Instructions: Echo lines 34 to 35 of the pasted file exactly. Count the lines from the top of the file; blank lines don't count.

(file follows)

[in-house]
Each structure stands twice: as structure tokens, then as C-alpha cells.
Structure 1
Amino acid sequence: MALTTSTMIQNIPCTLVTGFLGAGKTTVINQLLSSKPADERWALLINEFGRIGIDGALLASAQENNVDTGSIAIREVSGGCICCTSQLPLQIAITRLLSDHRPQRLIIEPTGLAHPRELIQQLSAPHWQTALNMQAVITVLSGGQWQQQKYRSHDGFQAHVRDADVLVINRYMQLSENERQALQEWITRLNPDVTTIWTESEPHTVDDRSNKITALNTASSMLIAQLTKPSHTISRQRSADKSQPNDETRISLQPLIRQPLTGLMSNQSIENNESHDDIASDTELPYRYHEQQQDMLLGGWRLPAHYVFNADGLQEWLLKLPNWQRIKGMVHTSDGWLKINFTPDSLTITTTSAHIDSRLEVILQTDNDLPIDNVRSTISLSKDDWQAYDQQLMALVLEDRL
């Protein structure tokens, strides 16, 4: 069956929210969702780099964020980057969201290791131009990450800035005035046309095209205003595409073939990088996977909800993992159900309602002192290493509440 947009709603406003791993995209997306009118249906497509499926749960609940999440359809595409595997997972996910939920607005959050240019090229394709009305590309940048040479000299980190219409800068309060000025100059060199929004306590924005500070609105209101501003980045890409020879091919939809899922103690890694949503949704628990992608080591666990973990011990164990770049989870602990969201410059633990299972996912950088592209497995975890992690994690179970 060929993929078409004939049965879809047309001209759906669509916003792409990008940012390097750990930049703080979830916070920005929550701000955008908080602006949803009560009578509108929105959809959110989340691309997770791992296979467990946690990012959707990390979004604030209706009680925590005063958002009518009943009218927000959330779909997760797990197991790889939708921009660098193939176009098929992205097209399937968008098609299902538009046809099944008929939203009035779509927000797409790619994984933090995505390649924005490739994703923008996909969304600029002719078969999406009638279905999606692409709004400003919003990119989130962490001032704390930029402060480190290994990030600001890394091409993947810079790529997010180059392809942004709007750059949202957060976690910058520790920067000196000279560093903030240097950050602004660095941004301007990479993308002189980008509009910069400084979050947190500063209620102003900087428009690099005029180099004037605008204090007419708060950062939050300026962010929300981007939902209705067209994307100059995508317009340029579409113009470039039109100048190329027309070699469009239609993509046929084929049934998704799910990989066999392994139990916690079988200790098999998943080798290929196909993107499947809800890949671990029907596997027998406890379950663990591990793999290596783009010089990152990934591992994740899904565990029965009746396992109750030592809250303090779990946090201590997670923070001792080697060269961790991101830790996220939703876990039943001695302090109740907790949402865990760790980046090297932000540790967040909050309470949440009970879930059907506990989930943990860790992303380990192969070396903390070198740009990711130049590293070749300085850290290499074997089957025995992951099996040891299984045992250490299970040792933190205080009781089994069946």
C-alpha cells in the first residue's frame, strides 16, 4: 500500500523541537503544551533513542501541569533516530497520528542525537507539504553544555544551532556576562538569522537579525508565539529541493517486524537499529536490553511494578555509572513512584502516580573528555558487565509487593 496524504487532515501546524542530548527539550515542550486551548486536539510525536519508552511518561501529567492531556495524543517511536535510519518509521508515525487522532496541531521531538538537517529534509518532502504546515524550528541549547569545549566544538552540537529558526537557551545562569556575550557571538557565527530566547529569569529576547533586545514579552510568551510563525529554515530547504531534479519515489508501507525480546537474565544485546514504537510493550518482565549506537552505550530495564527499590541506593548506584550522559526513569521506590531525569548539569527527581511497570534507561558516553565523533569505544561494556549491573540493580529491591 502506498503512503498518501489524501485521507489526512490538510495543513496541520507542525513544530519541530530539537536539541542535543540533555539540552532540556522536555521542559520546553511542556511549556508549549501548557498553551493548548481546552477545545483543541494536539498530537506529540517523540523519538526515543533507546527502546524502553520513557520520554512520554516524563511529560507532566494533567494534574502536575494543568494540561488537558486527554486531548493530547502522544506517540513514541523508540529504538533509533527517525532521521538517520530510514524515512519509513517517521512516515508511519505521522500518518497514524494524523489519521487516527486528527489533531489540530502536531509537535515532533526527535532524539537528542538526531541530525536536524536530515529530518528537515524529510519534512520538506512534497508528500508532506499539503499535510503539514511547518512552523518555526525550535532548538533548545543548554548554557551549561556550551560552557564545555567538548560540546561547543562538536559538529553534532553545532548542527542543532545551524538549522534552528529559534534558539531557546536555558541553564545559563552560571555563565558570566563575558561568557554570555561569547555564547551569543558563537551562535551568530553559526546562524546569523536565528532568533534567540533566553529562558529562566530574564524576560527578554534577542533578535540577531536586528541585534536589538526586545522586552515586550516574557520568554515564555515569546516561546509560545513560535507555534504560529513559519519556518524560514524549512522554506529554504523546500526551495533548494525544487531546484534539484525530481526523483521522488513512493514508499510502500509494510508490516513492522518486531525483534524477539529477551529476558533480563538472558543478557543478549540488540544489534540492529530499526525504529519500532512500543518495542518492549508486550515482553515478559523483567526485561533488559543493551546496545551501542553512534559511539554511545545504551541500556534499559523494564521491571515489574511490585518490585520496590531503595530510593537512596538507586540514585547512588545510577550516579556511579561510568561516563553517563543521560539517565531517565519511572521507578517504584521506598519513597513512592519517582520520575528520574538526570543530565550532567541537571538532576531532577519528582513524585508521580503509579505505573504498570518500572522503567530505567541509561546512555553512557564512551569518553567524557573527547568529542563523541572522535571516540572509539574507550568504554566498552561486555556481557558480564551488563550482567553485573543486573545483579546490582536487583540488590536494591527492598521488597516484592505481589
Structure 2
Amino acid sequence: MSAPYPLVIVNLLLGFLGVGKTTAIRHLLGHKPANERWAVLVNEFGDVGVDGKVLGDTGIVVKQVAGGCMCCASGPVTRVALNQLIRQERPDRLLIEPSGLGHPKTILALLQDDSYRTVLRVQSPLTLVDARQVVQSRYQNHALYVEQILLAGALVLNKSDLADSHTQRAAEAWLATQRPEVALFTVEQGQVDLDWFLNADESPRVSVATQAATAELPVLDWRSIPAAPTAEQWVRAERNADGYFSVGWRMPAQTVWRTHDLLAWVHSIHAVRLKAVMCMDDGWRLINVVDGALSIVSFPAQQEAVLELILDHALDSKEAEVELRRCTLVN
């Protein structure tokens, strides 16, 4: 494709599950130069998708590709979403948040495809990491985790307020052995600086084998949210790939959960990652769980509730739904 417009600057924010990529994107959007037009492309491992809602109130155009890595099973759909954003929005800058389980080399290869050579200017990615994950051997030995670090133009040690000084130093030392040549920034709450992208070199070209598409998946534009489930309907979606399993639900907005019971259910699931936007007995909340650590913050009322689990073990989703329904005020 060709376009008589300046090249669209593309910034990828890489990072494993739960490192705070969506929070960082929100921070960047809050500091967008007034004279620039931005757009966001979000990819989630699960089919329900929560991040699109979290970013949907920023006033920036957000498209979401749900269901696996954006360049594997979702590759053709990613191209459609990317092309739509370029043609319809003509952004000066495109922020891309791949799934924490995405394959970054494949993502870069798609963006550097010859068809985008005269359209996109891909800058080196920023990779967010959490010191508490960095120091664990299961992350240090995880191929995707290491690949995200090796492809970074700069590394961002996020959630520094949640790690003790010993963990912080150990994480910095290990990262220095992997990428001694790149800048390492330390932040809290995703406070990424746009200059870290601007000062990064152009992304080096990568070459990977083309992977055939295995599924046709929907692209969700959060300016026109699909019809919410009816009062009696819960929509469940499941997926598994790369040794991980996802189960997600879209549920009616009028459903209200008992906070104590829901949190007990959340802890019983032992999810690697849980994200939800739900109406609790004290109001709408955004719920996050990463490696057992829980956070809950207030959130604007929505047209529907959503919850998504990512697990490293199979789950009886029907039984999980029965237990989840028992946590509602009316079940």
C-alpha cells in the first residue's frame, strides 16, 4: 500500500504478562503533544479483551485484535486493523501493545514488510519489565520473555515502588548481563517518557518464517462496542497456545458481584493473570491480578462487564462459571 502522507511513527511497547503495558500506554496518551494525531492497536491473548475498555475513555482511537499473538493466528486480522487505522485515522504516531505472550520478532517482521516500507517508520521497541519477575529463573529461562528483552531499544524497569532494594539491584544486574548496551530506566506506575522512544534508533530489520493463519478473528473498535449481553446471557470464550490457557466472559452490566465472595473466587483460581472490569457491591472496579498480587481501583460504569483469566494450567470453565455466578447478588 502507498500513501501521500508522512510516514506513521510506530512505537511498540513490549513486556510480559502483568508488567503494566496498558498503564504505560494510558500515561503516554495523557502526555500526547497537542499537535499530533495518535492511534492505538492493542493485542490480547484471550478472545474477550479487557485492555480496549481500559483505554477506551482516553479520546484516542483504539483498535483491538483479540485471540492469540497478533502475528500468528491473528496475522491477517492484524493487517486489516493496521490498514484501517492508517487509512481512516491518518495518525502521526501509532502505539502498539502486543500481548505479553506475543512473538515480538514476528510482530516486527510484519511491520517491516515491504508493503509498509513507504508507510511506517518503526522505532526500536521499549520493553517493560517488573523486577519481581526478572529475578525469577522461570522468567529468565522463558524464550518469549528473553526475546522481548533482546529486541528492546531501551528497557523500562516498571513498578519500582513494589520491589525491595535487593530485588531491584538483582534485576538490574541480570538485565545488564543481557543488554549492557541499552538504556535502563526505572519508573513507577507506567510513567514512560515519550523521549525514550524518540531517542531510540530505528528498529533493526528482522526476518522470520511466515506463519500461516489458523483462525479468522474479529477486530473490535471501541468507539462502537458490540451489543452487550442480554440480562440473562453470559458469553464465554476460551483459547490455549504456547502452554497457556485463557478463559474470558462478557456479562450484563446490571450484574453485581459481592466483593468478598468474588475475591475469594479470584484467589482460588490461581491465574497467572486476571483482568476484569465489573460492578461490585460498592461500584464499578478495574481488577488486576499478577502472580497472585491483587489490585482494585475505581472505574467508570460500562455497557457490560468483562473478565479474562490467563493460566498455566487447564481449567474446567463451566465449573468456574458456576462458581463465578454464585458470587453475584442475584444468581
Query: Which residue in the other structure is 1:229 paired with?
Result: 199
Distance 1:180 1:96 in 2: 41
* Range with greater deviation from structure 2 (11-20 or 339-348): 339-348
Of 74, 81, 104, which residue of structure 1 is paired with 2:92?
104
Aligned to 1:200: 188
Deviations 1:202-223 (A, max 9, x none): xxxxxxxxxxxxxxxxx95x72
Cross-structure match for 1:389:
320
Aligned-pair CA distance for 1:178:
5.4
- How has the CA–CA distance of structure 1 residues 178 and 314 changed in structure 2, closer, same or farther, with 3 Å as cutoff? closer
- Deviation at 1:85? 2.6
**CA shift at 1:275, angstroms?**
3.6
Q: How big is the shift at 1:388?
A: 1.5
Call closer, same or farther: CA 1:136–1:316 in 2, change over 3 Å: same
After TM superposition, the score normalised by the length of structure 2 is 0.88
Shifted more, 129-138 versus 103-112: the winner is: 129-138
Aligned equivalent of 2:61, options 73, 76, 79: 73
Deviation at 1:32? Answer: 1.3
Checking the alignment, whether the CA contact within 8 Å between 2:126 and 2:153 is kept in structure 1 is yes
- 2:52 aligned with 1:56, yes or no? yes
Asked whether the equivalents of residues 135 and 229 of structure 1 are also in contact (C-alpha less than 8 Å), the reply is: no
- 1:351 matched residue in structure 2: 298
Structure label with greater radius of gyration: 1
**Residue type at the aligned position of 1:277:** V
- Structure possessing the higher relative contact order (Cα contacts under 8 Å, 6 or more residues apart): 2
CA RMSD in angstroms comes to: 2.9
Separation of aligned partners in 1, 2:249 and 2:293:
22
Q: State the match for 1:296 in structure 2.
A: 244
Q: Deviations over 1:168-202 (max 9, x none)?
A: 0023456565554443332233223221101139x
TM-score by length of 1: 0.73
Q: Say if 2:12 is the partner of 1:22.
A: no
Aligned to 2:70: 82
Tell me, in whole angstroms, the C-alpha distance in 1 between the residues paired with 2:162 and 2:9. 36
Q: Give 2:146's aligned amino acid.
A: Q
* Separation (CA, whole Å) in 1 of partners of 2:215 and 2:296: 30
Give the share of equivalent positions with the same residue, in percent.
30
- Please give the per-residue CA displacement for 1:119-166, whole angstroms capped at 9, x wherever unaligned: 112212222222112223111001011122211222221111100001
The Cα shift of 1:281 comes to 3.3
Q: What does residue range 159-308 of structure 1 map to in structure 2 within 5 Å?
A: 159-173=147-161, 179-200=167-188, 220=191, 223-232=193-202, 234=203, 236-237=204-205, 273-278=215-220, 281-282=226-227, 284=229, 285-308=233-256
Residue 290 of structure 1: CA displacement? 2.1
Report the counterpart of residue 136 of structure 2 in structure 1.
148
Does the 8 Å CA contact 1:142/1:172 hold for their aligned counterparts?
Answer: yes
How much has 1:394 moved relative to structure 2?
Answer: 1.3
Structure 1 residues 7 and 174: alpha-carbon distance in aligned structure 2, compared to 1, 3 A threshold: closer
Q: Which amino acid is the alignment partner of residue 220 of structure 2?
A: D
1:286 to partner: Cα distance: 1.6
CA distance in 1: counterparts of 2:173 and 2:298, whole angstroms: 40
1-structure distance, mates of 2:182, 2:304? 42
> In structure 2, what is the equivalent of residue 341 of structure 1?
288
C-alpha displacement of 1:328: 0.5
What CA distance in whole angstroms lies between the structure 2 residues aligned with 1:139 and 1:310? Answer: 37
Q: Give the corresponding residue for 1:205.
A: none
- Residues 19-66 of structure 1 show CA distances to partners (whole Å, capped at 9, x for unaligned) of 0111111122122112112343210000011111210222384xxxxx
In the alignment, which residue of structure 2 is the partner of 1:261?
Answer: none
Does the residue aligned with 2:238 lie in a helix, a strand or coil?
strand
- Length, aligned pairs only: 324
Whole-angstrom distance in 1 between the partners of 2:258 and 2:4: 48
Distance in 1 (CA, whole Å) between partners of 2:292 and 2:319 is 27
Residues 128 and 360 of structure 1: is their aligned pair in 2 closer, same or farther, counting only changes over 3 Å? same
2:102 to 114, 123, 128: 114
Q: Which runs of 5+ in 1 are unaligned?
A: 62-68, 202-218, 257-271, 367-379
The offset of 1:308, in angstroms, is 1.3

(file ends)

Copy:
Checking the alignment, whether the CA contact within 8 Å between 2:126 and 2:153 is kept in structure 1 is yes
- 2:52 aligned with 1:56, yes or no? yes